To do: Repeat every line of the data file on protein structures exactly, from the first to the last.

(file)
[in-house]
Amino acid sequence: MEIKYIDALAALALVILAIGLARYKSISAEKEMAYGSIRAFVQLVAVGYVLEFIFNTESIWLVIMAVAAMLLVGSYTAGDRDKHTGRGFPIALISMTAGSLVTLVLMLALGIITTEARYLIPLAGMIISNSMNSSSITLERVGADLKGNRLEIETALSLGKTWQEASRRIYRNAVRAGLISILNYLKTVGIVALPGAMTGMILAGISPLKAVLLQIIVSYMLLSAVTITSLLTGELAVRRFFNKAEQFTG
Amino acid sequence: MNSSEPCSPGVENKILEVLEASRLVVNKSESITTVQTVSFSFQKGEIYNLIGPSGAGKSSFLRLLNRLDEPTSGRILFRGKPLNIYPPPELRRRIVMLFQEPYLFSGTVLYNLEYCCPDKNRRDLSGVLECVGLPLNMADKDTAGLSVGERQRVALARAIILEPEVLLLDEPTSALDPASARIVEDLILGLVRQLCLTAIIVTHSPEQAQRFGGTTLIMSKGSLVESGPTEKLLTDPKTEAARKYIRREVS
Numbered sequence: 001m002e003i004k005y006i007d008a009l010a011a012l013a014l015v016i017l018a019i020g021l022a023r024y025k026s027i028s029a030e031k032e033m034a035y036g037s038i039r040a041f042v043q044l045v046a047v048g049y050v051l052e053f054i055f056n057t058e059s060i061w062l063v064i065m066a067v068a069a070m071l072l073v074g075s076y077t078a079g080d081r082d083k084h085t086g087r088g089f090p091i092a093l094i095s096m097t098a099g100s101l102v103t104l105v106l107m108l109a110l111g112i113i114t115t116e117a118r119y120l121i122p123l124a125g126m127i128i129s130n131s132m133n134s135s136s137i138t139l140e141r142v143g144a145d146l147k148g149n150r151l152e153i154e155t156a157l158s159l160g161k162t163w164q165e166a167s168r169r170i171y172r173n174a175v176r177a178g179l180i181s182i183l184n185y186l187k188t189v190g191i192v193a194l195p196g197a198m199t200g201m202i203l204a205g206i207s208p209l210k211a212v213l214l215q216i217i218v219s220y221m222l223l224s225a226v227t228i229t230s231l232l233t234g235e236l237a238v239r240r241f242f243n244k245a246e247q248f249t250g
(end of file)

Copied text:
[in-house]
Amino acid sequence: MEIKYIDALAALALVILAIGLARYKSISAEKEMAYGSIRAFVQLVAVGYVLEFIFNTESIWLVIMAVAAMLLVGSYTAGDRDKHTGRGFPIALISMTAGSLVTLVLMLALGIITTEARYLIPLAGMIISNSMNSSSITLERVGADLKGNRLEIETALSLGKTWQEASRRIYRNAVRAGLISILNYLKTVGIVALPGAMTGMILAGISPLKAVLLQIIVSYMLLSAVTITSLLTGELAVRRFFNKAEQFTG
Amino acid sequence: MNSSEPCSPGVENKILEVLEASRLVVNKSESITTVQTVSFSFQKGEIYNLIGPSGAGKSSFLRLLNRLDEPTSGRILFRGKPLNIYPPPELRRRIVMLFQEPYLFSGTVLYNLEYCCPDKNRRDLSGVLECVGLPLNMADKDTAGLSVGERQRVALARAIILEPEVLLLDEPTSALDPASARIVEDLILGLVRQLCLTAIIVTHSPEQAQRFGGTTLIMSKGSLVESGPTEKLLTDPKTEAARKYIRREVS
Numbered sequence: 001m002e003i004k005y006i007d008a009l010a011a012l013a014l015v016i017l018a019i020g021l022a023r024y025k026s027i028s029a030e031k032e033m034a035y036g037s038i039r040a041f042v043q044l045v046a047v048g049y050v051l052e053f054i055f056n057t058e059s060i061w062l063v064i065m066a067v068a069a070m071l072l073v074g075s076y077t078a079g080d081r082d083k084h085t086g087r088g089f090p091i092a093l094i095s096m097t098a099g100s101l102v103t104l105v106l107m108l109a110l111g112i113i114t115t116e117a118r119y120l121i122p123l124a125g126m127i128i129s130n131s132m133n134s135s136s137i138t139l140e141r142v143g144a145d146l147k148g149n150r151l152e153i154e155t156a157l158s159l160g161k162t163w164q165e166a167s168r169r170i171y172r173n174a175v176r177a178g179l180i181s182i183l184n185y186l187k188t189v190g191i192v193a194l195p196g197a198m199t200g201m202i203l204a205g206i207s208p209l210k211a212v213l214l215q216i217i218v219s220y221m222l223l224s225a226v227t228i229t230s231l232l233t234g235e236l237a238v239r240r241f242f243n244k245a246e247q248f249t250g